Joint Chiefs Chairman Warns Against Underestimating ISIL
By Jim Garamone DoD News, Defense Media Activity
WASHINGTON, November 17, 2015 – The Islamic State of Iraq and the Levant is "a very sophisticated organization" and that "it would be a mistake to underestimate them," the chairman of the Joint Chiefs of Staff said here today.
Marine Corps Gen. Joseph F. Dunford Jr. told the Wall Street Journal's Chief Executive Officer Council that the terror group has proven to be adaptive and resilient.
At the tactical level, "they've got a number of individuals who are very highly trained, and they have demonstrated proficiency in some of the operations they have conducted," he said. "The Paris operation is an example and what we see in Syria and Iraq routinely – fairly capable military forces."
But ISIL is vulnerable, the chairman said, noting that the coalition has more than 60 nations arrayed against the group And that ISIL is isolated. "They are also reliant on an immature logistics and sustainment plan," he added. "We're just starting to get after their resources."
Hitting Infrastructure That Funds ISIL
Over the past two weeks, coalition aircraft have hit the gas and oil infrastructure that has been funding ISIL. "They will have fewer resources and they will have more difficulty," Dunford said. On the ground, the strategy is to isolate them so they are not able to move foreign fighters and resources to reinforce threatened areas, the general said.
Dunford emphasized that there of the nine lines of effort against ISIL, only two are under the Defense Department. "Seven others – to include the narrative against ISIL, the foreign fighters, to include financing – are led by the State Department, [the U.S. Agency for International Development], and so on," he said.
The coalition relies on local ground forces to confront the terror group, the chairman noted. "Right now, we are reliant on Iraqi security forces, the [Kurdish] peshmerga, [and] provisional militia, both Shia and Sunni," he said. "In Syria, we are reliant upon forces broadly called Syrian democratic forces."
There is little enthusiasm for Western forces on the ground, Dunford said. "We would like to see Sunni forces – particularly the [Gulf Cooperation Council] states, to contribute to a greater degree on the ground," he said. "I think they would have the credibility and come, frankly, without the baggage of Western forces. I think there is some possibility of doing that. We haven't been able to do that to date, but I think it is something we need to work on."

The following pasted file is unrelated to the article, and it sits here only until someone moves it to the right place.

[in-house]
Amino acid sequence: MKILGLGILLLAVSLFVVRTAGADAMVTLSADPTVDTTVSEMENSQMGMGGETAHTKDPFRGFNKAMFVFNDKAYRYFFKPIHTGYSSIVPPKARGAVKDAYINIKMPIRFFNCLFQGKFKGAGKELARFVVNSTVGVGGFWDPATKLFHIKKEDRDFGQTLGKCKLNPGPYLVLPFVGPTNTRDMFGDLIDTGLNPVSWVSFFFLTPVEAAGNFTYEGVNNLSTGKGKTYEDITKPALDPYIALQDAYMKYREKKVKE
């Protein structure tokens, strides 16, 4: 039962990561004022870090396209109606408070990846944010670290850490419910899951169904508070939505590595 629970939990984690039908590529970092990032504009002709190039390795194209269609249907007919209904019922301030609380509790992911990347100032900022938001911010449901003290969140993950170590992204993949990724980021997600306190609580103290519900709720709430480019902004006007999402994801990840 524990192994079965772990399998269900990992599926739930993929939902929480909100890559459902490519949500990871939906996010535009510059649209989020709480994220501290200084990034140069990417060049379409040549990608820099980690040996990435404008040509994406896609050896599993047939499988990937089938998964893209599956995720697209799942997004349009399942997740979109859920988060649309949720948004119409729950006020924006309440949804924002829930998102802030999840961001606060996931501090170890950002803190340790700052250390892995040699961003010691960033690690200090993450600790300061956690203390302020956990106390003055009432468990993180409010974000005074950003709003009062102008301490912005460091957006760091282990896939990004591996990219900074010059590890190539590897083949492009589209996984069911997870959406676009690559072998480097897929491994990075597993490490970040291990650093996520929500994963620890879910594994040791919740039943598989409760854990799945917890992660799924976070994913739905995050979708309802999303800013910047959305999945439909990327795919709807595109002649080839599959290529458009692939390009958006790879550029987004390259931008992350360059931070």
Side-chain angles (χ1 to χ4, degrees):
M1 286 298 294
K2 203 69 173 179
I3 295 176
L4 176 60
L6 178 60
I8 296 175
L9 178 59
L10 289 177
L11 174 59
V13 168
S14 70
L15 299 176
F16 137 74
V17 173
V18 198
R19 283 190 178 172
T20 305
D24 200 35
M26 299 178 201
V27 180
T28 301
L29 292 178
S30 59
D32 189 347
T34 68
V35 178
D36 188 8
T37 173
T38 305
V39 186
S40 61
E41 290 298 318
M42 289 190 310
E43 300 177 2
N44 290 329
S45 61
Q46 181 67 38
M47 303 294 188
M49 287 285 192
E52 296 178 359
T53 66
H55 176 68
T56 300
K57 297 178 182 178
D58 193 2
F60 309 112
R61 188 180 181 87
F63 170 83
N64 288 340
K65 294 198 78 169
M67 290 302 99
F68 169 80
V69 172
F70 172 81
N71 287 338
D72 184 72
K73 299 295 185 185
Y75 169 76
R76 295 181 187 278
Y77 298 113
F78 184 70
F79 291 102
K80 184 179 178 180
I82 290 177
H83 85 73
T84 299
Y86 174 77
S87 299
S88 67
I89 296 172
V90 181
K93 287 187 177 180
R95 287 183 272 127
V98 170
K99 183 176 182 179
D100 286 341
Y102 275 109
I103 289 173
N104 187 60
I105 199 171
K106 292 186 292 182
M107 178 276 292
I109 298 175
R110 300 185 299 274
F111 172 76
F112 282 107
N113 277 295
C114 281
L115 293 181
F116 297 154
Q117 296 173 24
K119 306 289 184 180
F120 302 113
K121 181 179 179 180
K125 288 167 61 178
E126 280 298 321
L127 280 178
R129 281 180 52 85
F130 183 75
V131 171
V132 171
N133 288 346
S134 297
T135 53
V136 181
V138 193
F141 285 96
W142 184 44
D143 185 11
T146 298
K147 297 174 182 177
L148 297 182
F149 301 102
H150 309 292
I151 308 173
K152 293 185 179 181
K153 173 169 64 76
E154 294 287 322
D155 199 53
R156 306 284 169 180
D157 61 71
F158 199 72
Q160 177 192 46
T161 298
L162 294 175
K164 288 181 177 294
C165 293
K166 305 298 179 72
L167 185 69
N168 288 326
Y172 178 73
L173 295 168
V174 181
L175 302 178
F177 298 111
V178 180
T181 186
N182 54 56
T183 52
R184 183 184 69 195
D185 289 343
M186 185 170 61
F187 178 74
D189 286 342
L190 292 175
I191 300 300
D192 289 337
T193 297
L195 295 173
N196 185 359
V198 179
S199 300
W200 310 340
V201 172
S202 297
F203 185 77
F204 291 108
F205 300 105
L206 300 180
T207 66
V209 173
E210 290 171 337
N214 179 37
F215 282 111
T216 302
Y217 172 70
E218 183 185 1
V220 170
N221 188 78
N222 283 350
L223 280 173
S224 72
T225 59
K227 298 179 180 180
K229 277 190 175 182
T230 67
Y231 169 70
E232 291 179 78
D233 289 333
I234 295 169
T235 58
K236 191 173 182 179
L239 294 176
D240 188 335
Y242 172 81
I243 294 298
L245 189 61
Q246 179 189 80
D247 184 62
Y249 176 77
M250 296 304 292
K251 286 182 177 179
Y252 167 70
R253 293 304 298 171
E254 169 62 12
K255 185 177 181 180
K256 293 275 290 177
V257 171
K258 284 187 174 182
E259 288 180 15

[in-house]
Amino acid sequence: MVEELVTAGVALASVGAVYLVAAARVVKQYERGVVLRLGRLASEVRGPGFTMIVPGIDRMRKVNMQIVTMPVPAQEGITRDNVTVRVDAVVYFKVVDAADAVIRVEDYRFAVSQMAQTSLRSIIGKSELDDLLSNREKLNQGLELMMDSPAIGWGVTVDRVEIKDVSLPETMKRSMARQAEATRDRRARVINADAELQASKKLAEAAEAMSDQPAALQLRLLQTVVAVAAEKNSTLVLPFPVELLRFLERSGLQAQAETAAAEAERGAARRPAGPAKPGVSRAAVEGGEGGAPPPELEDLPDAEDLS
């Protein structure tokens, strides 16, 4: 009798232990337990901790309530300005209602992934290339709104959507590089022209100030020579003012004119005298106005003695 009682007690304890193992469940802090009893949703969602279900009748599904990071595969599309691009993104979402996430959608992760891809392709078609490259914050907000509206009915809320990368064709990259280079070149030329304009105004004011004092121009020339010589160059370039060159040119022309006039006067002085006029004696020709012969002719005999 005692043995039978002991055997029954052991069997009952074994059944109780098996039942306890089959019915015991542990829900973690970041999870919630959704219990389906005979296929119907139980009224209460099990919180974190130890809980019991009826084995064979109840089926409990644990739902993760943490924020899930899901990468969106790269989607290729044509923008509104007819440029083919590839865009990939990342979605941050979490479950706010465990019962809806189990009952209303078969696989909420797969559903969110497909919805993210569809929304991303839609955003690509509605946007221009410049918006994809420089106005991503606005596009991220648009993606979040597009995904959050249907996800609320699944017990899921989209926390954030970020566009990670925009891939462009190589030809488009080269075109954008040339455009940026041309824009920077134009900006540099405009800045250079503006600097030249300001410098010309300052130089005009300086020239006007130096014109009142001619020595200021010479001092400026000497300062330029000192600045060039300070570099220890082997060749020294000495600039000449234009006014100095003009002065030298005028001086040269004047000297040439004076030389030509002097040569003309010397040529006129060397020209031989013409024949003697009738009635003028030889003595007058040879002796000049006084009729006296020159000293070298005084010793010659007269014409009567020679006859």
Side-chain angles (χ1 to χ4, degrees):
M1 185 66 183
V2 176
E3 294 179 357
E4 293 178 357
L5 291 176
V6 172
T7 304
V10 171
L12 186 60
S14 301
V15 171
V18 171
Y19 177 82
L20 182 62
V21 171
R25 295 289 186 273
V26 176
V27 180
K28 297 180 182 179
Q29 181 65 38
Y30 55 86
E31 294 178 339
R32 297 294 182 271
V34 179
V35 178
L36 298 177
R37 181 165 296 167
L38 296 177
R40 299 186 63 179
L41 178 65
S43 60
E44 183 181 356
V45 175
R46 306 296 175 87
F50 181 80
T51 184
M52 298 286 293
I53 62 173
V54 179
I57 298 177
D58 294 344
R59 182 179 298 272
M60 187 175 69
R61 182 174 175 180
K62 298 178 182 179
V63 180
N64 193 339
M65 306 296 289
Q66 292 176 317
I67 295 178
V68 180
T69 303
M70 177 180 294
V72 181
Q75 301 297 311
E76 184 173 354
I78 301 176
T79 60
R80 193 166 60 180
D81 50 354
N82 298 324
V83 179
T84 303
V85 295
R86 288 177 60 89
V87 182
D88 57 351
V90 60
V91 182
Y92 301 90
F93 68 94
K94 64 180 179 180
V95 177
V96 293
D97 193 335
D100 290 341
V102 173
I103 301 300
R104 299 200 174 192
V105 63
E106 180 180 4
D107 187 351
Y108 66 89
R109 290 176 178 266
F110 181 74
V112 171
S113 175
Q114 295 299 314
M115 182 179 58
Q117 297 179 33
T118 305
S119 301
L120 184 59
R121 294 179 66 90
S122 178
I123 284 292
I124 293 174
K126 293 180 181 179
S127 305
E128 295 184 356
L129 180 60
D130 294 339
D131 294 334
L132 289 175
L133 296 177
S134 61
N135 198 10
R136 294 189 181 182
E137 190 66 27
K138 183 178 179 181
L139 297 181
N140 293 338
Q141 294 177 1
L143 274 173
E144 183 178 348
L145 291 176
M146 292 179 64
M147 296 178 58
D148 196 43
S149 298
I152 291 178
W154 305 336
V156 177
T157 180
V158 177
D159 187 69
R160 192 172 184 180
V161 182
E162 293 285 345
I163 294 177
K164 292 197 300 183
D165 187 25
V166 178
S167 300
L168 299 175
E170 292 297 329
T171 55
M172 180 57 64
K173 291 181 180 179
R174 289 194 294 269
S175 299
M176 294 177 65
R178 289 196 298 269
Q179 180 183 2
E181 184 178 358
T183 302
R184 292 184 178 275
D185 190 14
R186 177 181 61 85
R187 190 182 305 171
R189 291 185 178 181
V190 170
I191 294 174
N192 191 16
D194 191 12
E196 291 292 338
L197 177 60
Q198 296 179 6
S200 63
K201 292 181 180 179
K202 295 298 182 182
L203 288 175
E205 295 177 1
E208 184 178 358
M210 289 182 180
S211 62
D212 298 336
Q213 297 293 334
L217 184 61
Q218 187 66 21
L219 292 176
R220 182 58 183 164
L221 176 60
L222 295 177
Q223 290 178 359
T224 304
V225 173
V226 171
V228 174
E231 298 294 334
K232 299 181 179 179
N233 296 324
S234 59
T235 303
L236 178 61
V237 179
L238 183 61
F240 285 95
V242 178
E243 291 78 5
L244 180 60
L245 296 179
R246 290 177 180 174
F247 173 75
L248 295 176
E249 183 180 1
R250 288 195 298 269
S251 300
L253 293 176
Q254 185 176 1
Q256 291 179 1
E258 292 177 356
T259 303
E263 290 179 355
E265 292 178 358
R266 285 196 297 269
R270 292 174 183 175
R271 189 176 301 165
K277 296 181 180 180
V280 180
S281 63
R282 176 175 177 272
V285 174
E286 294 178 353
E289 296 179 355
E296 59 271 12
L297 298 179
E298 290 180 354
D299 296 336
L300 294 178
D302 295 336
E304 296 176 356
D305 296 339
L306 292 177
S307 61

If Arab nations were to express interest in providing ground forces, "I think we would absolutely be in a position to support them," the general said.
Dunford said he does not want to see a large Western force in the region, because that could serve to actually spur ISIL's recruiting efforts.
Bringing Our Values to War
How the force is used also counts, the nation's top military officer said. "When we go to war, we go with our values," the chairman explained. "We plan with proportionality and we execute with discrimination in terms of the targets we are going after. We're very careful in terms of civilian casualties, and some have criticized us for that. I will not apologize for that, because we are fighting the long fight, and for us to do otherwise would be shortsighted."
The people of the region want to be released from the ISIL shackles, the general said.
"What they are looking for is decisive action, and that will rally them to our cause," Dunford said. "If they believe that we are committed, if they believe we are going to stay the course, I think there is a much higher probability of them supporting us. I would draw a distinction between decisive, aggressive action we are taking right now and potentially a large Western force that would be a rallying cry to jihad."
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